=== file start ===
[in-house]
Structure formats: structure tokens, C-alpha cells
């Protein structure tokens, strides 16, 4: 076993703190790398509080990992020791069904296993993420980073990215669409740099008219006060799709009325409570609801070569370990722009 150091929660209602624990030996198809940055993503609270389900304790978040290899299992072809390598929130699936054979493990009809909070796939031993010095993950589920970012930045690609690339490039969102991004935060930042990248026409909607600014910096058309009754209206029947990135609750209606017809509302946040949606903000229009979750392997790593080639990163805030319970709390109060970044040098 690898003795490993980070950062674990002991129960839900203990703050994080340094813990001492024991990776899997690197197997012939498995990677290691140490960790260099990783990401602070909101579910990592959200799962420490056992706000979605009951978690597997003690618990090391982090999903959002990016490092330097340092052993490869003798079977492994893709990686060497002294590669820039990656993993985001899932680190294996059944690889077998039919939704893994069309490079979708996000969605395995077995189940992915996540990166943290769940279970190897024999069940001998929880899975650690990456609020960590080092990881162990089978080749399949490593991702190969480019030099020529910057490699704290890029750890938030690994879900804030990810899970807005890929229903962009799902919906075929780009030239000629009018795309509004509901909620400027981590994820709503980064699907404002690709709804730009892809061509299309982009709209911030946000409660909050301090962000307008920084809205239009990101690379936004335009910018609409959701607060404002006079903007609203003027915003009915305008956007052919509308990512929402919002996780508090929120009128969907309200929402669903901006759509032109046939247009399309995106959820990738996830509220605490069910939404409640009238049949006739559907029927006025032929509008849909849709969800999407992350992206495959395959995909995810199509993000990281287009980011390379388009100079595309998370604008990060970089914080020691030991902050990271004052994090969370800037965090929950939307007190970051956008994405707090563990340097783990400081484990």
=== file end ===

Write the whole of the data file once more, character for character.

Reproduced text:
[in-house]
Structure formats: structure tokens, C-alpha cells
């Protein structure tokens, strides 16, 4: 076993703190790398509080990992020791069904296993993420980073990215669409740099008219006060799709009325409570609801070569370990722009 150091929660209602624990030996198809940055993503609270389900304790978040290899299992072809390598929130699936054979493990009809909070796939031993010095993950589920970012930045690609690339490039969102991004935060930042990248026409909607600014910096058309009754209206029947990135609750209606017809509302946040949606903000229009979750392997790593080639990163805030319970709390109060970044040098 690898003795490993980070950062674990002991129960839900203990703050994080340094813990001492024991990776899997690197197997012939498995990677290691140490960790260099990783990401602070909101579910990592959200799962420490056992706000979605009951978690597997003690618990090391982090999903959002990016490092330097340092052993490869003798079977492994893709990686060497002294590669820039990656993993985001899932680190294996059944690889077998039919939704893994069309490079979708996000969605395995077995189940992915996540990166943290769940279970190897024999069940001998929880899975650690990456609020960590080092990881162990089978080749399949490593991702190969480019030099020529910057490699704290890029750890938030690994879900804030990810899970807005890929229903962009799902919906075929780009030239000629009018795309509004509901909620400027981590994820709503980064699907404002690709709804730009892809061509299309982009709209911030946000409660909050301090962000307008920084809205239009990101690379936004335009910018609409959701607060404002006079903007609203003027915003009915305008956007052919509308990512929402919002996780508090929120009128969907309200929402669903901006759509032109046939247009399309995106959820990738996830509220605490069910939404409640009238049949006739559907029927006025032929509008849909849709969800999407992350992206495959395959995909995810199509993000990281287009980011390379388009100079595309998370604008990060970089914080020691030991902050990271004052994090969370800037965090929950939307007190970051956008994405707090563990340097783990400081484990």